Cadair Idris

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Cadair Idris dominates the southern part of Snowdonia near Dolgellau. It’s a magestic mountain, 2,930 ft high, and climbing it was our main motivation for our short break at Dolfannog Fawr. The weather forecast was good so on the Thursday morning we set off to climb the mountain via the Minffordd path, the beginning of which was about a mile down the road from our B&B.

Cadair Idris means ‘Idris’s chair’ which is a good description as it’s comprised of a series of peaks surrounding a glacial lake Llyn Cau. Nobody really knows who Idris was. Some say he was a legendary giant and so the mountain was literally a chair. Another view is that it refers to a 7th-century prince of Meirionnydd who won a battle against the Irish on the mountain and that “cadair”  should be interpreted as “stronghold” or “fortress”.

We decided to follow the MInffordd path up to the highest peak, Penygadair via Craig Cwm Amarch and Craig Cau and then to walk along the ridge to Mynydd Moel before descending to complete a circular route.

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The path down from Mynydd Moel isn’t marked on the OS map for some reason which is strange as it’s a very popular route up and down and described in most walking guides to the mountain.

The start of the climb is via a steep wooded valley alongside a river which tumbles down from Llyn Cau via a series of waterfalls. DSC09394

This meant ascending a very log flight of steps – reputably 700 (although we didn’t try counting them!)

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Eventually the path levelled off somewhat and the slopes of Mynydd Moel came into view

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Continuing onwards we could now see the dramatic rock face of Craig Cau

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and after climbing a little higher a view of Llyn Cau opened up below us

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with Penygadair looming above it

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Gaining more height, we could see the summits of the Tarren hills which we’d climbed the day before.

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and then Talyllyn Lake

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and our B&B way down below us. We’d come quite a long way up but still had quite a bit of climbing ahead of us

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and looking the other way there was Penygadair

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We carried on up the steep slope to the summit of Craig Cau. It felt like we should have been at the summit, but we now had to lose some of the height we’d gained before making our final assault on the main peak of Penygadair.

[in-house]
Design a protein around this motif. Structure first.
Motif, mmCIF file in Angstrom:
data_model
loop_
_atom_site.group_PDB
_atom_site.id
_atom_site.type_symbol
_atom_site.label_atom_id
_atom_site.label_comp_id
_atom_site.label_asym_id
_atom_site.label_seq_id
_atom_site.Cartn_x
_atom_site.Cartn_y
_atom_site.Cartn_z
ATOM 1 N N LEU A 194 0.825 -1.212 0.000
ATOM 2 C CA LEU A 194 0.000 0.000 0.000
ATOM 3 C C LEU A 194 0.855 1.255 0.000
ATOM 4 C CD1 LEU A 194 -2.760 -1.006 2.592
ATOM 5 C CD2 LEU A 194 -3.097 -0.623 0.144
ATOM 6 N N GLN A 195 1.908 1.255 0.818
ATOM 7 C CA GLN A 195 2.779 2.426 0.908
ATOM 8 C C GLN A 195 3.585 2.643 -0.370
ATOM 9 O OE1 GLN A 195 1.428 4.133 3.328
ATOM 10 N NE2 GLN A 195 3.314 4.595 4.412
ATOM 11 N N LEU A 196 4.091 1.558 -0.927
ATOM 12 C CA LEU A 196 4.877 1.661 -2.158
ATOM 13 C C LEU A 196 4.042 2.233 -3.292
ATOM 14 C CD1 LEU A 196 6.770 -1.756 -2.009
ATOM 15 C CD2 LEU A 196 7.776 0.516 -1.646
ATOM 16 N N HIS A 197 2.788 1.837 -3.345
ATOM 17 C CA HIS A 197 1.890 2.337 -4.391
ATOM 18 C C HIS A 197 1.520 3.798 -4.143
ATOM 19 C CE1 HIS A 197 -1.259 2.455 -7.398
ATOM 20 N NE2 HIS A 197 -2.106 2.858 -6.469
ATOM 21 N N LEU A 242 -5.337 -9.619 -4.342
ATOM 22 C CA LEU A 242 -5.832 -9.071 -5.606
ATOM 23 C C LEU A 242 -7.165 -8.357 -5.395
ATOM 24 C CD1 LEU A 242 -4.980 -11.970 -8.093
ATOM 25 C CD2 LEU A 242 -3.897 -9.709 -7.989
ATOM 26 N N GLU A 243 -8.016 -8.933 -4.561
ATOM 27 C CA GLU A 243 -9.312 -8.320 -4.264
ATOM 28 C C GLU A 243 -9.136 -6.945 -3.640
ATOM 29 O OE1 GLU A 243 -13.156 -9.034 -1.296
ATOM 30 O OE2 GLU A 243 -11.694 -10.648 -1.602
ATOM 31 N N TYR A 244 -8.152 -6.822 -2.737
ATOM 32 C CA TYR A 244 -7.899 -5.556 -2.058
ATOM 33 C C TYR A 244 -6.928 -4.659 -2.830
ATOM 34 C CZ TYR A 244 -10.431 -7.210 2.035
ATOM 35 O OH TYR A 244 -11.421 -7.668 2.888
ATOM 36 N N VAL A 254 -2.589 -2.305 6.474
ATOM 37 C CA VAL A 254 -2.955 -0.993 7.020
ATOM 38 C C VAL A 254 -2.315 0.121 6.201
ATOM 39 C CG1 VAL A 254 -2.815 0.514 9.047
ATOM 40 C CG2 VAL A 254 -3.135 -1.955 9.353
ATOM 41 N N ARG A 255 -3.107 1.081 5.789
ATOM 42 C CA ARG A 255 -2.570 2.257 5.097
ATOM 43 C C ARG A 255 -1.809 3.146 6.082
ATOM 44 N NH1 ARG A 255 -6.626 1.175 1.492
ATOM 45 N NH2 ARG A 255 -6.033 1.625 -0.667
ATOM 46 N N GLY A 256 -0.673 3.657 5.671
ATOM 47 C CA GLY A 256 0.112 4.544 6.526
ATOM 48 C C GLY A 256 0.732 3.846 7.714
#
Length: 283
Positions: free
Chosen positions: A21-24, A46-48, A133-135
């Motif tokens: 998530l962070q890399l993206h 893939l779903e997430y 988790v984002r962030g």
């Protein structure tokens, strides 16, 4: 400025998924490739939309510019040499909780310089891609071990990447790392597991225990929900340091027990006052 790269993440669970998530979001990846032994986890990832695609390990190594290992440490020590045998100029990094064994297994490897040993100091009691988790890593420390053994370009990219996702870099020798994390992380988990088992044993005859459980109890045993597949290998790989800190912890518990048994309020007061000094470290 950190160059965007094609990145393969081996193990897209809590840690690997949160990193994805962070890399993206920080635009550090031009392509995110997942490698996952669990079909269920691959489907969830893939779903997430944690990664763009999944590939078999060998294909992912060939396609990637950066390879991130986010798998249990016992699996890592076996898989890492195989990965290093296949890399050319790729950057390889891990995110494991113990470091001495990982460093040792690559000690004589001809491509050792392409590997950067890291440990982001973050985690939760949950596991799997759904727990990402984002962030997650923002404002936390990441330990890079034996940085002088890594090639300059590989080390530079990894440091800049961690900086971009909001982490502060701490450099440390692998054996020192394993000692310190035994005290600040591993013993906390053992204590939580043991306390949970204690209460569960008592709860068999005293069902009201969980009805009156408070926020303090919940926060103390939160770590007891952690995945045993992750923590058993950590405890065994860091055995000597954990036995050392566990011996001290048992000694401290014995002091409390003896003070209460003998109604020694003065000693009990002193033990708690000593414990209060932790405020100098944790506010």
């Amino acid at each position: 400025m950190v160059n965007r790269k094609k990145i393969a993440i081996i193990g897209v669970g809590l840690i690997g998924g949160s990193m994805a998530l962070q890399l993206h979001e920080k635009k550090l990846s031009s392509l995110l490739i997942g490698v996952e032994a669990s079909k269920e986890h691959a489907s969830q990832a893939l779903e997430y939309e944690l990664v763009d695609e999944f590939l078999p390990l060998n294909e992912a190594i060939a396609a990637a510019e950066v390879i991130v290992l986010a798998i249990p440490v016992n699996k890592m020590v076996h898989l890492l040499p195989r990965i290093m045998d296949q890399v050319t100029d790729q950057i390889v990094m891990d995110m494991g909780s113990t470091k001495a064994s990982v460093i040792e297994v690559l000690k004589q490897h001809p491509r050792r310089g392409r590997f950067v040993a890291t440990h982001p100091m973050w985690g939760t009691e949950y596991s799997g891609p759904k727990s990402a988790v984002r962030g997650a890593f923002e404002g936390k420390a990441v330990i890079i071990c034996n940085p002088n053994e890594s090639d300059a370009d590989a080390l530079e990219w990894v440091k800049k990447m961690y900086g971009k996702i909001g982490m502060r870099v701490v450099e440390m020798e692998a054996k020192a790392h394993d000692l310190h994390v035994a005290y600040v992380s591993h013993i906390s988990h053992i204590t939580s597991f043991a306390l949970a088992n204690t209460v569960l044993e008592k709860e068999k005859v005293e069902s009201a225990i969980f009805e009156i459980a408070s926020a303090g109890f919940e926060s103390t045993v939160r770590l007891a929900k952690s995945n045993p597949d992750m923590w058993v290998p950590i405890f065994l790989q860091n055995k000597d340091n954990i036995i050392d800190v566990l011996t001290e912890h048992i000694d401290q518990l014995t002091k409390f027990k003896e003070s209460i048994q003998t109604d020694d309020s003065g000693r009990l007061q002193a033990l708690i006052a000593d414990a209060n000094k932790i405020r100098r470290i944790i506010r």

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and just as we reached the bottom of the col (or hawse, as these are referred to in the Lake District) before making our ascent, the cloud blew in. This definitely wasn’t forecast!!!

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so when we reached the summit this what we could see.

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The cloud was patchy so we managed to get some momentary views of the dramatic scenery below us

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We carried on along the grassy ridge. It was relatively flat and quite firm underfoot so made for easier walking than the initial ascent and the cloud was beginning to disperse

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We could clearly see the summit of Mynydd Moel ahead of us

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Cloud was still rolling in and out, but we could see down towards Dolgellau

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and make out the dramatic rocky cliffs on the north side of the ridge

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The path now was hard to make out, but we took our bearing and after a while a faint path became more distinct. Great views now opened up of the glacial bowl, the Talyllyn valley and the Tarren hills.

 

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After a while the path started to descend very steeply. It was heavily eroded, rock strewn and in bad condition underfoot, making for a slow, tricky descent. This was the least peasant part of the walk

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Further down it was in better condition, with stone steps and flags laid down.

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Eventually, after crossing a slate bridge over the river, we were back on the path we’d ascended during the morning with just (!) the 700 steps to walk down to take us back to the road.

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Another 20minutes and we were back at our Dolfannog Fawr. A quick shower and a change of clothes and I was able to relax in the garden on a pleasantly warm afternoon, enjoying the view of the mountain we’d just “conquered”.

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9 thoughts on “Cadair Idris

    • We weren’t too disappointed by the cloud. It did mean we didn’t get a view from the summit but it wasn’t so bad to impede navigation and it was quite atmospheric (in mood as well as literally!). And we got plenty of good views going up and down. This was unlike when I went up Great Gable as a teenager (a long time ago) and the Brecon Beacons some years ago, when it was foggy all the way up and down and I didn’t see a thing !

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